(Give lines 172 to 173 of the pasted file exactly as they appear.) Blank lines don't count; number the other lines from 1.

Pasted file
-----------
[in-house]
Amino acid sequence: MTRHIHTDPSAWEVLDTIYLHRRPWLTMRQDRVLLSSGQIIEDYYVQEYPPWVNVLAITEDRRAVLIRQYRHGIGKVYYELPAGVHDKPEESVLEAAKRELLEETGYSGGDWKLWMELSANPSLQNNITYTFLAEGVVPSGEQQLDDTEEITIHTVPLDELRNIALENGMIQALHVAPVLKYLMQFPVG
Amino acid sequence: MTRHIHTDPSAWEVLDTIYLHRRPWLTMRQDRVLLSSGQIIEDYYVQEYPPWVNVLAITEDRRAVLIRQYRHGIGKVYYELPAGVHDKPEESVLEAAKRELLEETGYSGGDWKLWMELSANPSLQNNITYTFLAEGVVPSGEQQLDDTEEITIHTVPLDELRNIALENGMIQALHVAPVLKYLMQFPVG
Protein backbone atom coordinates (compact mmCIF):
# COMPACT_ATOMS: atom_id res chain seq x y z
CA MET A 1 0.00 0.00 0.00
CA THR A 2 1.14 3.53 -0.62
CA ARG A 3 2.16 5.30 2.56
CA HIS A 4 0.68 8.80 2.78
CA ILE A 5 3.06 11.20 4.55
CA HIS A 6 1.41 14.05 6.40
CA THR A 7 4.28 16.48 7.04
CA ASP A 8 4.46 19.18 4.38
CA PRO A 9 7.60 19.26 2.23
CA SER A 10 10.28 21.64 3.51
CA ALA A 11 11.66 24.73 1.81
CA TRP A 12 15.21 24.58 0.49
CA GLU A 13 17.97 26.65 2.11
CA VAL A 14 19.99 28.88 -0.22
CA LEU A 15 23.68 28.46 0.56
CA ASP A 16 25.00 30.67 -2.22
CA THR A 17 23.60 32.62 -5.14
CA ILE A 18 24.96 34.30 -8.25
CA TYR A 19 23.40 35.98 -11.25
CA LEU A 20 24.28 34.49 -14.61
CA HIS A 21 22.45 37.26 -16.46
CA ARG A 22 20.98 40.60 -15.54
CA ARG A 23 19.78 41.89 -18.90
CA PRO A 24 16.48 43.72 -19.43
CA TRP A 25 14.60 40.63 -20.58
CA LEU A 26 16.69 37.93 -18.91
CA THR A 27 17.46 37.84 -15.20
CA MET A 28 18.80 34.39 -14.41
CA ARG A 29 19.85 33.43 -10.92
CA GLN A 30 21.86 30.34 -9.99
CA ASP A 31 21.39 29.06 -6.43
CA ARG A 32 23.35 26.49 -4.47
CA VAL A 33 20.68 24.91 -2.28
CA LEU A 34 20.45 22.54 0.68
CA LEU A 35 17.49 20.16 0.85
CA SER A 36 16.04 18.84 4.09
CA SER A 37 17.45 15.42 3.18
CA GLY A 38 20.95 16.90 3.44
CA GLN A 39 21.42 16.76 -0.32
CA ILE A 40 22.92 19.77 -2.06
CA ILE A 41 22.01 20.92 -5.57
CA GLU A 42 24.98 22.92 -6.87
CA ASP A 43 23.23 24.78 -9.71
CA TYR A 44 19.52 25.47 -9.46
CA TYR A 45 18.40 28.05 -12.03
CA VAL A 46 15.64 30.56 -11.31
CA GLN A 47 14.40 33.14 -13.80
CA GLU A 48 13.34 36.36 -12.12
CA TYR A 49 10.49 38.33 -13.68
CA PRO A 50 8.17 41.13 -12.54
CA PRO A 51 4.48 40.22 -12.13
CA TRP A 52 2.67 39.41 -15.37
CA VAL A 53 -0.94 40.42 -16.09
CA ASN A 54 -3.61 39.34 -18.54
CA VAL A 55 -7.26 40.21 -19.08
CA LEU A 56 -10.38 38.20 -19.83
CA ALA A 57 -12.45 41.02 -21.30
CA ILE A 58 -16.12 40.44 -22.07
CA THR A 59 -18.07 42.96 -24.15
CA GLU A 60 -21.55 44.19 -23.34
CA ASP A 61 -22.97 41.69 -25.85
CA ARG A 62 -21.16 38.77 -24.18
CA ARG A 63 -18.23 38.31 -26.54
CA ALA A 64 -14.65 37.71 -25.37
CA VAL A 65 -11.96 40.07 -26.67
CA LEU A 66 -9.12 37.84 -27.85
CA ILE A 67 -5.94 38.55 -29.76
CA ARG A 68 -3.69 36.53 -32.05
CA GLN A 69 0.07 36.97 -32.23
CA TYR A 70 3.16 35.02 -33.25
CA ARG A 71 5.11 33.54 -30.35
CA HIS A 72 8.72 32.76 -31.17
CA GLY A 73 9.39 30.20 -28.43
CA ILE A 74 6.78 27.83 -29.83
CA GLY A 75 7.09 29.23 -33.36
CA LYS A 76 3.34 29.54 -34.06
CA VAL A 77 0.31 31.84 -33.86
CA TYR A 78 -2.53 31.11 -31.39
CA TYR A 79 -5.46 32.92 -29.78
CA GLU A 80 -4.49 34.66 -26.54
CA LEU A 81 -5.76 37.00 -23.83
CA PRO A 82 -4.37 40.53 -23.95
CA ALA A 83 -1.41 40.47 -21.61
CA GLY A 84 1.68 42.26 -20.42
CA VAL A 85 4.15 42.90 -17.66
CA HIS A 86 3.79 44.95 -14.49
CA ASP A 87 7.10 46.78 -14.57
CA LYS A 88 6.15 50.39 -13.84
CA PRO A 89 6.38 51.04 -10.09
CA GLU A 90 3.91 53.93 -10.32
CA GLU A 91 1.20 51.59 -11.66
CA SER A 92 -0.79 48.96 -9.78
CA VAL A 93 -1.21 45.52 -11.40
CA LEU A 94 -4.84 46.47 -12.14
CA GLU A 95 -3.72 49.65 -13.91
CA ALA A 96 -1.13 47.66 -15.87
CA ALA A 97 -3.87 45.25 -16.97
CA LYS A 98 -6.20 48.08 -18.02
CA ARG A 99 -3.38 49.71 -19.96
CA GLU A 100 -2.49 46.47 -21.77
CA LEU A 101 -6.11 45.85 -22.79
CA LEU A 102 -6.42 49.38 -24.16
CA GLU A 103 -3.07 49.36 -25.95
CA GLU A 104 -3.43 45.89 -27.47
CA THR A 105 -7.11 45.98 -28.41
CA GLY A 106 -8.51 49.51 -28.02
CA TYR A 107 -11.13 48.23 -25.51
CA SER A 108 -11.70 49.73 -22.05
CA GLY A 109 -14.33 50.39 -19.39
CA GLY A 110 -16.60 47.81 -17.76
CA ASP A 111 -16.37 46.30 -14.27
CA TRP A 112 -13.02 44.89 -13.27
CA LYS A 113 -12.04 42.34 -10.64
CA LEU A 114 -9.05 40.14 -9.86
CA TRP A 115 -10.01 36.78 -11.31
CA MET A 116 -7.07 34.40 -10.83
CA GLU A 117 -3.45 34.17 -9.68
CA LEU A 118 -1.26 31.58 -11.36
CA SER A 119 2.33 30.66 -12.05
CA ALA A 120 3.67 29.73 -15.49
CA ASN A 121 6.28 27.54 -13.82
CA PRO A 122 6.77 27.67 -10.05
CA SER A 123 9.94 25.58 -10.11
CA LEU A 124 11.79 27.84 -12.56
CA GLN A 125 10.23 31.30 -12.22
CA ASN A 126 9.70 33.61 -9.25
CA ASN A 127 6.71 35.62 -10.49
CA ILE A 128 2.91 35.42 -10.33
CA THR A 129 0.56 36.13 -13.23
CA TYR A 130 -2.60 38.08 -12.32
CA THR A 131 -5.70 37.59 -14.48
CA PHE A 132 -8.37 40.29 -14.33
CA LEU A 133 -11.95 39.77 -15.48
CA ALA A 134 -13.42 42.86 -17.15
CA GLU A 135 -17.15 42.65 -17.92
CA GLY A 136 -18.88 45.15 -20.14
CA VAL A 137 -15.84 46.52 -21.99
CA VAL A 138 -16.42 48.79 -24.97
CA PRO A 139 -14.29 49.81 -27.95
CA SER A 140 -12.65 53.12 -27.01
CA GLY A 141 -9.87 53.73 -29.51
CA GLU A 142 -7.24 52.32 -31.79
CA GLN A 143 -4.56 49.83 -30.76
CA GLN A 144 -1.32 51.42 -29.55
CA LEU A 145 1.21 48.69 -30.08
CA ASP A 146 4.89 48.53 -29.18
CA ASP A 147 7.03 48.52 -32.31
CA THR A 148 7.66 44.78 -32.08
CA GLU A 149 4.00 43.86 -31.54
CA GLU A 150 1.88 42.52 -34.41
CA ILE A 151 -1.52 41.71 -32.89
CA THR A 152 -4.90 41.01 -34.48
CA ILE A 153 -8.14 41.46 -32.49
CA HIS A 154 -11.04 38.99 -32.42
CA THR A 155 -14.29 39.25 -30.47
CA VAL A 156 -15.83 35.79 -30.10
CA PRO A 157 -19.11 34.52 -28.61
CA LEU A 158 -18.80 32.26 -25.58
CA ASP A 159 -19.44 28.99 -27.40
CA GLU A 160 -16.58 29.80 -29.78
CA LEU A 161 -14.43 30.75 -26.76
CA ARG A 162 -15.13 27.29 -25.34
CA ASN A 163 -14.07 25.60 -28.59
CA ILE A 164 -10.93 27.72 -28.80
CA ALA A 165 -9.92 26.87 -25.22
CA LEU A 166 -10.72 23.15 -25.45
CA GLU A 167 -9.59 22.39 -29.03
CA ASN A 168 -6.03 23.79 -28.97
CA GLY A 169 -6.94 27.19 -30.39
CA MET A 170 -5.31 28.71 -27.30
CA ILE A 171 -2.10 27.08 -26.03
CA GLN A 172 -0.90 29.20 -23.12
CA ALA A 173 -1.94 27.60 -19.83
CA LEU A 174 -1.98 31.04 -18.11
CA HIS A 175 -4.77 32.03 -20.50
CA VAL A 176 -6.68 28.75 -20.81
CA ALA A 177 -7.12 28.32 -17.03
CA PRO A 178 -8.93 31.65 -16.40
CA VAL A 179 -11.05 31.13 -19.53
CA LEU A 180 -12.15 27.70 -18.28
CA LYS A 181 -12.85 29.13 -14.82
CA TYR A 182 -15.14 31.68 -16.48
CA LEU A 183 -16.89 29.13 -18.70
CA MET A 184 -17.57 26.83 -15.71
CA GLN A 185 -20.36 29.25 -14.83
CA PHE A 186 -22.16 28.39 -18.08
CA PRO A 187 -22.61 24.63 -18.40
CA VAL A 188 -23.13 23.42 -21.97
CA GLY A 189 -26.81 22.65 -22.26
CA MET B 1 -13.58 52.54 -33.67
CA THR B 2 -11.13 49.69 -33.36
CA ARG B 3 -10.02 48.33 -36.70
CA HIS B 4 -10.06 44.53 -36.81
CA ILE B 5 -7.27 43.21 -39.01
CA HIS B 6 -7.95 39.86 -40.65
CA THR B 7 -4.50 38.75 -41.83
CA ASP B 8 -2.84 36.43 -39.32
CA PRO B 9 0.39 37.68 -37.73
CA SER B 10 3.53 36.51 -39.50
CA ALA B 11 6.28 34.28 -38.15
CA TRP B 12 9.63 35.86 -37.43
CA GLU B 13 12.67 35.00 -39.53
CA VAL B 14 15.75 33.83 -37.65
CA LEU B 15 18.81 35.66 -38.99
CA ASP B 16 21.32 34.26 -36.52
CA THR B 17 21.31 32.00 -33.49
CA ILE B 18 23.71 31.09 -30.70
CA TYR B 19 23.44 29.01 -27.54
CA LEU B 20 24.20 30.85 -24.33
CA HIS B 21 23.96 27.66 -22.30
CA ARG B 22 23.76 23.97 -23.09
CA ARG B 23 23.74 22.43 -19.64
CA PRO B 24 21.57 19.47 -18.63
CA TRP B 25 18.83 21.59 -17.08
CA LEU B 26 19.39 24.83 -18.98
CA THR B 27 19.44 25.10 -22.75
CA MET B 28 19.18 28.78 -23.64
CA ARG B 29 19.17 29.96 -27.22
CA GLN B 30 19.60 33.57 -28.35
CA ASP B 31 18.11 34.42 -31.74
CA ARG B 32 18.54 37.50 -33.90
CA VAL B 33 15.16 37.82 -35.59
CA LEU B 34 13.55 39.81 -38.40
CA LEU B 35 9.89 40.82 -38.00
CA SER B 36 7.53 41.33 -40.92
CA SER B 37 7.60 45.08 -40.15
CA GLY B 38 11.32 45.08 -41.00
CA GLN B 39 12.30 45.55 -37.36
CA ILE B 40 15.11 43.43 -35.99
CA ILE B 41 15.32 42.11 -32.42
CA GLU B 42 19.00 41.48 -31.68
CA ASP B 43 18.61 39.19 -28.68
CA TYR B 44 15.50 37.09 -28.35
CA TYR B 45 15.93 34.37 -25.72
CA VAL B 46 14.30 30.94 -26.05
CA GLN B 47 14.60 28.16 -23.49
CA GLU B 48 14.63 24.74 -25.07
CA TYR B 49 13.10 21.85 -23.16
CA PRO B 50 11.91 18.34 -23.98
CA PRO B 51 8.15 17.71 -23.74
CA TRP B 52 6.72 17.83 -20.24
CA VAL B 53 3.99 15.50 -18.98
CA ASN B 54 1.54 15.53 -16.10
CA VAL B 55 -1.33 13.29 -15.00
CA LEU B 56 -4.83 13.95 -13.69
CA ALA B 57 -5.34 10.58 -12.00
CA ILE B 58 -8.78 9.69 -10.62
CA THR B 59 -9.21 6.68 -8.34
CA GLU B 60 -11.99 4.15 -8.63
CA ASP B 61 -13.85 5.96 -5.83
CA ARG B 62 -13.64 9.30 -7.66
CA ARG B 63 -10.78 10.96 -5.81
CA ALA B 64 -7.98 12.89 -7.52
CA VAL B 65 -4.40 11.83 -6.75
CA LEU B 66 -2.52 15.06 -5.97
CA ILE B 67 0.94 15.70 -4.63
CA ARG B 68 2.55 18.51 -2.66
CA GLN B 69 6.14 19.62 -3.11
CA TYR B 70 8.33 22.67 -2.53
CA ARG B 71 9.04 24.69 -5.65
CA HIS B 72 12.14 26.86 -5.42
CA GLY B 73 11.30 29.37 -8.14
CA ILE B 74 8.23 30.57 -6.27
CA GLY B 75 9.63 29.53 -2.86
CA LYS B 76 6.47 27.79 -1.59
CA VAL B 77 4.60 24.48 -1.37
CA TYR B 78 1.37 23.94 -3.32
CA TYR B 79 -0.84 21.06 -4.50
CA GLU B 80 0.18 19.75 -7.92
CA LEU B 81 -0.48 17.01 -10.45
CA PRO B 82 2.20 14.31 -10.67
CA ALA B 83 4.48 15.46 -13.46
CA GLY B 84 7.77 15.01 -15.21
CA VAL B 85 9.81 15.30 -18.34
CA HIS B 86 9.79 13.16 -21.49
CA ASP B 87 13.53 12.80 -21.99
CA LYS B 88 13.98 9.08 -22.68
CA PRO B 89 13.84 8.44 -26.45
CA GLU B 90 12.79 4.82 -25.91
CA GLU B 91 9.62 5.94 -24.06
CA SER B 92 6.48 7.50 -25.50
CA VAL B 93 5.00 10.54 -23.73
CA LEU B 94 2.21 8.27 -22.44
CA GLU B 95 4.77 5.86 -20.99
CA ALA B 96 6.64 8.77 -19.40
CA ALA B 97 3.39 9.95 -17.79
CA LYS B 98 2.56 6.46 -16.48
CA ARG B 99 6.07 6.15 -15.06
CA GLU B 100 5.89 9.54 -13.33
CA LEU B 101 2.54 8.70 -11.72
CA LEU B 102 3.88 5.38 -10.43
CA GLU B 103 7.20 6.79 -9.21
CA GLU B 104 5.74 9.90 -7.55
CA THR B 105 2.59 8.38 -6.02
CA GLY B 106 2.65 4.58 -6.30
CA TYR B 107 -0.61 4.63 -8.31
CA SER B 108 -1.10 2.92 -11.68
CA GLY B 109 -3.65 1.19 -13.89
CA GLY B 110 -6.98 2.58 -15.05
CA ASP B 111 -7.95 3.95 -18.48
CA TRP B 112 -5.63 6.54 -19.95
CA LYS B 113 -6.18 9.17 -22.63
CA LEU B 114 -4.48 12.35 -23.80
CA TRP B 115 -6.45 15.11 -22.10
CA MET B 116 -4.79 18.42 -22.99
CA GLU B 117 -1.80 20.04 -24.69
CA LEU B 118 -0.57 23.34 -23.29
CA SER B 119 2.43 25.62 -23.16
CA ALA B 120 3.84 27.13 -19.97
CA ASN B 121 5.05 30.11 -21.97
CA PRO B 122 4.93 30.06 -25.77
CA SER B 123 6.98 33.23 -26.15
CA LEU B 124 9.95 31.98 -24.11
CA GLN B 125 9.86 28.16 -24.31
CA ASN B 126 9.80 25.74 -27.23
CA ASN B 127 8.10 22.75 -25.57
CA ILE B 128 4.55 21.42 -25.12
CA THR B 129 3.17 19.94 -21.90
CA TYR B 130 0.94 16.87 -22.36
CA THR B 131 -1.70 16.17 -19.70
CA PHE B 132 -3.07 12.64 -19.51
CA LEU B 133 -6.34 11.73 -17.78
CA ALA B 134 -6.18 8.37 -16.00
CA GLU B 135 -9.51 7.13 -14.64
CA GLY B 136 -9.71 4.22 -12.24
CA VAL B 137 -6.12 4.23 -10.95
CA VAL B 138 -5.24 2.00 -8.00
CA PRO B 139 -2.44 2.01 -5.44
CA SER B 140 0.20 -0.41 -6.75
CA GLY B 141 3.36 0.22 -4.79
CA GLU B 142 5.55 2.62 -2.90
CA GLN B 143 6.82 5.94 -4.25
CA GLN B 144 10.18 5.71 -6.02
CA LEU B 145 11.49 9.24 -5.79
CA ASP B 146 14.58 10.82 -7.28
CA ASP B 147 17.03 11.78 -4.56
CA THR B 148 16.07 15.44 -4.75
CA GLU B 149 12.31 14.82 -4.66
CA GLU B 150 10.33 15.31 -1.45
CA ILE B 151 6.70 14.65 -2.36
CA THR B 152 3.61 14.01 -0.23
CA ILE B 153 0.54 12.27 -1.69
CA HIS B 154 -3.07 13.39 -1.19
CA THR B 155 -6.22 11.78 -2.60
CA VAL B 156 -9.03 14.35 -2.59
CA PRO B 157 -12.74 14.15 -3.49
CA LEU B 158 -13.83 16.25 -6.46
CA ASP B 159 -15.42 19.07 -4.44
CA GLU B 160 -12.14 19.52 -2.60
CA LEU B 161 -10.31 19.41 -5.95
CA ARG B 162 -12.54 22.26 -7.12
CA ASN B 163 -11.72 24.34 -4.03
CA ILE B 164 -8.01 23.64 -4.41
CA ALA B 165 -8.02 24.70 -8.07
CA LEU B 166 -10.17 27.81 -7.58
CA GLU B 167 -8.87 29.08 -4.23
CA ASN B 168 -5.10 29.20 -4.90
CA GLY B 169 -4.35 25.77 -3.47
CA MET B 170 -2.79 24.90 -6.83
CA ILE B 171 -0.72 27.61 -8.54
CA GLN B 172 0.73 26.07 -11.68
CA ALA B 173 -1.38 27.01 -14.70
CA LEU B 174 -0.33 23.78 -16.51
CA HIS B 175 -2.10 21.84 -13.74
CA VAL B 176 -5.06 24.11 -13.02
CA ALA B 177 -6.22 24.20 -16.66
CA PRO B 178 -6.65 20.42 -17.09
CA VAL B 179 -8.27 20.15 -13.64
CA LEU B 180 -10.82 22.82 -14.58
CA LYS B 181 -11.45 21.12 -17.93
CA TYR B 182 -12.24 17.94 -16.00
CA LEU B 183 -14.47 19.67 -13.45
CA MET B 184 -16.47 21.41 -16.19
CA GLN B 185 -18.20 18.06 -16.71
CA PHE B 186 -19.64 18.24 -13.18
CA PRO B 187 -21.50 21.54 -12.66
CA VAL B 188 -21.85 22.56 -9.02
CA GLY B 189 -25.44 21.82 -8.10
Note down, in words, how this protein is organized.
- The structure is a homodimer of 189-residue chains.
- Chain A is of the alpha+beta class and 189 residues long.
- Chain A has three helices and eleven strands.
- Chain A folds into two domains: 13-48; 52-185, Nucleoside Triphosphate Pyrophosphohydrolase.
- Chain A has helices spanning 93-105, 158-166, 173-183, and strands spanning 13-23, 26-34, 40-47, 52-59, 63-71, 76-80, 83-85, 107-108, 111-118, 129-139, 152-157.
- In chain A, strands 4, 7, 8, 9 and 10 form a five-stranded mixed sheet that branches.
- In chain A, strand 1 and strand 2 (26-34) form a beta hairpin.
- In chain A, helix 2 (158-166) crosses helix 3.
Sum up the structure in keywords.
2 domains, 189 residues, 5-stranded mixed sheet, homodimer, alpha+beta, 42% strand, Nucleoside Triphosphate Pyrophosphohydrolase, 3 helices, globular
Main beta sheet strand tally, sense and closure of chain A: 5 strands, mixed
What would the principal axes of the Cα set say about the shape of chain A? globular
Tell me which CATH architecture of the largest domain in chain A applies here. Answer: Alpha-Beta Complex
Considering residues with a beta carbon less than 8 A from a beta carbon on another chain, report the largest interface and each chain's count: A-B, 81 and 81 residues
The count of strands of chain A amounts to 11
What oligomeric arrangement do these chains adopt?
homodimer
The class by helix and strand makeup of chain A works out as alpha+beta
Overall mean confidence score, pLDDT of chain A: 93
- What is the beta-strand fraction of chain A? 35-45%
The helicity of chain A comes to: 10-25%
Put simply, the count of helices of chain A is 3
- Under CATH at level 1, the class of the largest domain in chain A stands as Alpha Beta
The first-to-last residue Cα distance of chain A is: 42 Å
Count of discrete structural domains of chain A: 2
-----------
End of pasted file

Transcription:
CA GLU A 167 -9.59 22.39 -29.03
CA ASN A 168 -6.03 23.79 -28.97